Bigger isn't always better. Just ask all the folks who go out of their way at the nursery to purchase dwarf trees. In small-yard design, these mighty mites naturally stand head and shoulders above their taller counterparts as the right choice for the allotted space.
I say "naturally," yet the fact is that many homeowners new to the constraints of small-yard design make the mistake of planting a specimen that is too big for their landscapes. The result of their poor selection is that the plant quickly outgrows its space, necessitating its removal after only a short period in the ground. Learning from their mistake (hopefully), they make a wise choice next time around and purchase a more appropriately-sized specimen.
I have selected a sampling of both deciduous and evergreen dwarf trees that should be helpful for those new to small yard design:
- Dwarf Trees: Evergreen Types
- Dwarf Trees: Deciduous Types
- Contorted hazelnut (shrub)
- Small Japanese maples
Below I briefly discuss these plants, with links to articles that provide more detailed information on each choice.
If a plant is characterized as a "pine" yet is used for a groundcover, that gives you a pretty good idea that it's a dwarf tree, right? Well, such is the case with some types of mugo pines: these evergreens have a broadly spreading habit that makes them popular choices as a groundcover.
Read article: Mugo Pines
If you're a plant novice, you may see Alberta spruces around all the time without even knowing it. You'll often see them used in balanced pairs, flanking a front entrance. Because they will remain relatively small for a number of years, people sometimes treat them as container plants for the porch.
But beware: as a plant that may eventually reach 12' in height, Alberta spruce isn't quite as small as either the example above or that below ("dwarf trees" is, after all, a somewhat relative term).
Read article: Picea Glauca 'Conica'
Some of the smaller members of the pine world have a message for you: beware of the "guilt by association" pitfall in judging them. Any bad press you may have heard about the larger specimens, such as Eastern white pines (i.e., their messiness, the proclivity of their limbs to break, etc.) shouldn't influence your attitude toward the dwarf trees that happen to be pines, one elegant example being these Arnold Arboretum Japanese white pines (Pinus parviflora).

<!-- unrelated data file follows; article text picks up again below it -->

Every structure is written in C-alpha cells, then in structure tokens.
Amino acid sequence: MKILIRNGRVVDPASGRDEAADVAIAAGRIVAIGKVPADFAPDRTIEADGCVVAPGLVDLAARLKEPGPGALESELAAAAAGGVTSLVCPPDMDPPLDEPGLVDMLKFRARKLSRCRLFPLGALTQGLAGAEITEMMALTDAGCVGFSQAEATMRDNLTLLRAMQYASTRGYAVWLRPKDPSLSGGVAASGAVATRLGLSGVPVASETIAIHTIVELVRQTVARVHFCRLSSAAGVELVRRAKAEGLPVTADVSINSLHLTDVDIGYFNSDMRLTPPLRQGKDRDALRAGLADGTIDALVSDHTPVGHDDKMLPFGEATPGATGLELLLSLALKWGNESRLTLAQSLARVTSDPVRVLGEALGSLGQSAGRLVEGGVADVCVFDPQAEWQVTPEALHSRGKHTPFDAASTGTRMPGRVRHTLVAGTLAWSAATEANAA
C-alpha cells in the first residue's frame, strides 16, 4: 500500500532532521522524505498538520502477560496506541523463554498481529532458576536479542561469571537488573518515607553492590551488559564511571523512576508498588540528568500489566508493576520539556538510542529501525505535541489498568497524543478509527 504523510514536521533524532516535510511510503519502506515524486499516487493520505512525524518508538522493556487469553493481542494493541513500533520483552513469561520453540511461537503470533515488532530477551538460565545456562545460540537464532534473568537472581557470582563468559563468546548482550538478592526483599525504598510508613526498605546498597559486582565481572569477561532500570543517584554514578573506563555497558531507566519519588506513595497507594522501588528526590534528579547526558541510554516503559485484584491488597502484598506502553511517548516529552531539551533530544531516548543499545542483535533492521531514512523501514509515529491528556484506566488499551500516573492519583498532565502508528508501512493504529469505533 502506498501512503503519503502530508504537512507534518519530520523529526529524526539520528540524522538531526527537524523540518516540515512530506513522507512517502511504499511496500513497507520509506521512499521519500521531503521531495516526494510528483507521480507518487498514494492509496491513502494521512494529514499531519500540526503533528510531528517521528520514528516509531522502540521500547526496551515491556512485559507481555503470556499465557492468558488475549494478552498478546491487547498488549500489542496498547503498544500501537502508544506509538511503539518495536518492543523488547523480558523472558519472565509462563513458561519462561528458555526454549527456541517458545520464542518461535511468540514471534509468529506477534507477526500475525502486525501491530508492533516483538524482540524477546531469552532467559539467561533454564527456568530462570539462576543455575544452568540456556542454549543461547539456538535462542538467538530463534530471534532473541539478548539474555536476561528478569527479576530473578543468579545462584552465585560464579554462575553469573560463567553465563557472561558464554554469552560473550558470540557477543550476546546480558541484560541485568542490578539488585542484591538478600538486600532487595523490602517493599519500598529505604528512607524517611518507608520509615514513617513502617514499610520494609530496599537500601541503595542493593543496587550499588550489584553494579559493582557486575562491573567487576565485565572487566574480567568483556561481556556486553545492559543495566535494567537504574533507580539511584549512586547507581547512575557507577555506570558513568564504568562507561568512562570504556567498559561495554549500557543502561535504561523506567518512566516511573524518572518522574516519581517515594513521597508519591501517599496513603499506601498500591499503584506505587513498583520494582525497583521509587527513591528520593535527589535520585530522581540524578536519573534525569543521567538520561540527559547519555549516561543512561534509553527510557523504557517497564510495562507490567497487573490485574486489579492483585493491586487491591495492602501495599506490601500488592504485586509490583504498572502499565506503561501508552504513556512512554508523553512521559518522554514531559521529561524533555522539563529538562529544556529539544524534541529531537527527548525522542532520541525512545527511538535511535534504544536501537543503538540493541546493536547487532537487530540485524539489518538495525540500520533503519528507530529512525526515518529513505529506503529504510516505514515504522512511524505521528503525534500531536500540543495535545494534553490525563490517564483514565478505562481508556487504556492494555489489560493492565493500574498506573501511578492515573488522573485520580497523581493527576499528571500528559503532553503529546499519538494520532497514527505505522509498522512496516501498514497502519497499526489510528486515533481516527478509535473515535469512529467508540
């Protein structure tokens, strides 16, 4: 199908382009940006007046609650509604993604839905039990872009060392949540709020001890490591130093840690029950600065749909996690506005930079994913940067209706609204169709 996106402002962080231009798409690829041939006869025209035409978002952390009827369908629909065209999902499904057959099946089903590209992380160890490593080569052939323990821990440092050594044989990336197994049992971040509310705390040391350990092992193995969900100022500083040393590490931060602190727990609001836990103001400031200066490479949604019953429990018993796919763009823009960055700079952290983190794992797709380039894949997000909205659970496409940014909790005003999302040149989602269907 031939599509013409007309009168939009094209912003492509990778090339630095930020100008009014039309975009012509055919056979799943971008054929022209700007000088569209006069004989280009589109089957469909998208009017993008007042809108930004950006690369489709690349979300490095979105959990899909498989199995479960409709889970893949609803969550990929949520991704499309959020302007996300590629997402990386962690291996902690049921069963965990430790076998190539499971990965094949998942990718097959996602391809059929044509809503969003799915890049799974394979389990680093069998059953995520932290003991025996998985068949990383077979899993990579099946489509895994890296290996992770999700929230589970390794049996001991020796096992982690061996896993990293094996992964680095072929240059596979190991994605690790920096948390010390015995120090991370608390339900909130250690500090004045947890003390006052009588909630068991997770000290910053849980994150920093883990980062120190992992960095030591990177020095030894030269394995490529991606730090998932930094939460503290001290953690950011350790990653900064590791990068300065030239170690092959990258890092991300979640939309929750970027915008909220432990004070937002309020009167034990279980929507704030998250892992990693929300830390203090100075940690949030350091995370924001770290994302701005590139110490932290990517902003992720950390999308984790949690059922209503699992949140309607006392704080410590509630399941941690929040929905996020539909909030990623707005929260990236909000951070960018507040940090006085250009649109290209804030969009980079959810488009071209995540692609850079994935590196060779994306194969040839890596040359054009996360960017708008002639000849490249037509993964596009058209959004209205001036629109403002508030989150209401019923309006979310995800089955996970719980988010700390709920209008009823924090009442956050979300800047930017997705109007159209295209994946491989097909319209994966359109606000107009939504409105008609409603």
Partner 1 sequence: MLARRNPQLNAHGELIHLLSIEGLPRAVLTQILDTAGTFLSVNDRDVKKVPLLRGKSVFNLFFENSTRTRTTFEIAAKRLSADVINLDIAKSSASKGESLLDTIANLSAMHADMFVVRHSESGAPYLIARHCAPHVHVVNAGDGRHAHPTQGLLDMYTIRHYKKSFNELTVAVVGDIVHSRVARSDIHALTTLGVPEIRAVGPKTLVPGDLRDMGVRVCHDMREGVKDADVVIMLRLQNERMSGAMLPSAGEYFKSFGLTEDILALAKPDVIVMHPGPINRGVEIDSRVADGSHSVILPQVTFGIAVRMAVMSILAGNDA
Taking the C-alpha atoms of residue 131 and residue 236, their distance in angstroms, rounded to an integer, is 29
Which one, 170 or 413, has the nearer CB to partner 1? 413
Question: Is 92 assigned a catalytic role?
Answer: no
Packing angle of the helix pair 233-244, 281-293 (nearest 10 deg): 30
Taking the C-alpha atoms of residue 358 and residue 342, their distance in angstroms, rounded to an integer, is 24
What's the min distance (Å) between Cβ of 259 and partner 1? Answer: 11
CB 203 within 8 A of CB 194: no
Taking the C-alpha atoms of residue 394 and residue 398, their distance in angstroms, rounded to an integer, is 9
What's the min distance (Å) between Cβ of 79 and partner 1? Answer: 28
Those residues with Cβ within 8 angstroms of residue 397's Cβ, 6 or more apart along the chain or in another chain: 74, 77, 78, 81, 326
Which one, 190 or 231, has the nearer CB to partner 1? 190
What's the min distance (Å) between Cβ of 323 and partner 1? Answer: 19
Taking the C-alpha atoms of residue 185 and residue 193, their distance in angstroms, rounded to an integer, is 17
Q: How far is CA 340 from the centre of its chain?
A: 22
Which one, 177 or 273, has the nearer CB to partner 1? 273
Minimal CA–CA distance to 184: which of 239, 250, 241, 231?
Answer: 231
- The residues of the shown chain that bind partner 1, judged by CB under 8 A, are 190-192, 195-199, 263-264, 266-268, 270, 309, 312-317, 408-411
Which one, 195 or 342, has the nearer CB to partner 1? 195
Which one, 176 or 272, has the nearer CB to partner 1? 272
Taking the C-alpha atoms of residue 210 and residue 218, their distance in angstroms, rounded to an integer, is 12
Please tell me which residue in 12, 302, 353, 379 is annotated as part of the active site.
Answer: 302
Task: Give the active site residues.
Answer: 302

Read article: Japanese White Pine Trees
Slender Hinoki cypress is an intermediate-sized Hinoki cypress, being more compact (about 15 feet tall at maturity, and about 5 feet wide) than the species plant (which reach more than 50 feet in height) but not as short as 'Nana Gracilis,' which stands at 9 feet tall at maturity.
Read article: Hinoki Cypress
Contorted hazelnut (Corylus avellana 'Contorta') also goes by such common names as "Harry Lauder's walking stick" and "corkscrew filbert." Although technically a shrub, I use it as an example of a deciduous dwarf tree, because that's how many view it. Contorted hazelnut may actually be at its best in winter: without any leaves in the way, you can better appreciate the madcap twists and turns of its branches.
Read article: Contorted Hazelnut
Small Japanese Maples
In my basic introduction to regular-sized Japanese maples, I discuss some of the more popular Japanese maples used in landscaping. But as another example of a deciduous dwarf tree useful in planning a small yard design, I should mention here that dwarf types do exist, too.
For instance, Sharp's Pygmy Japanese maple (Acer palmatum 'Sharp's Pygmy') is said to reach a height of just 3 feet in 10-15 years. This plant bears green, deeply dissected leaves in summer that morph into a brilliant red in autumn. Perhaps better-known is that graceful weeper, the Crimson Queen Japanese maple.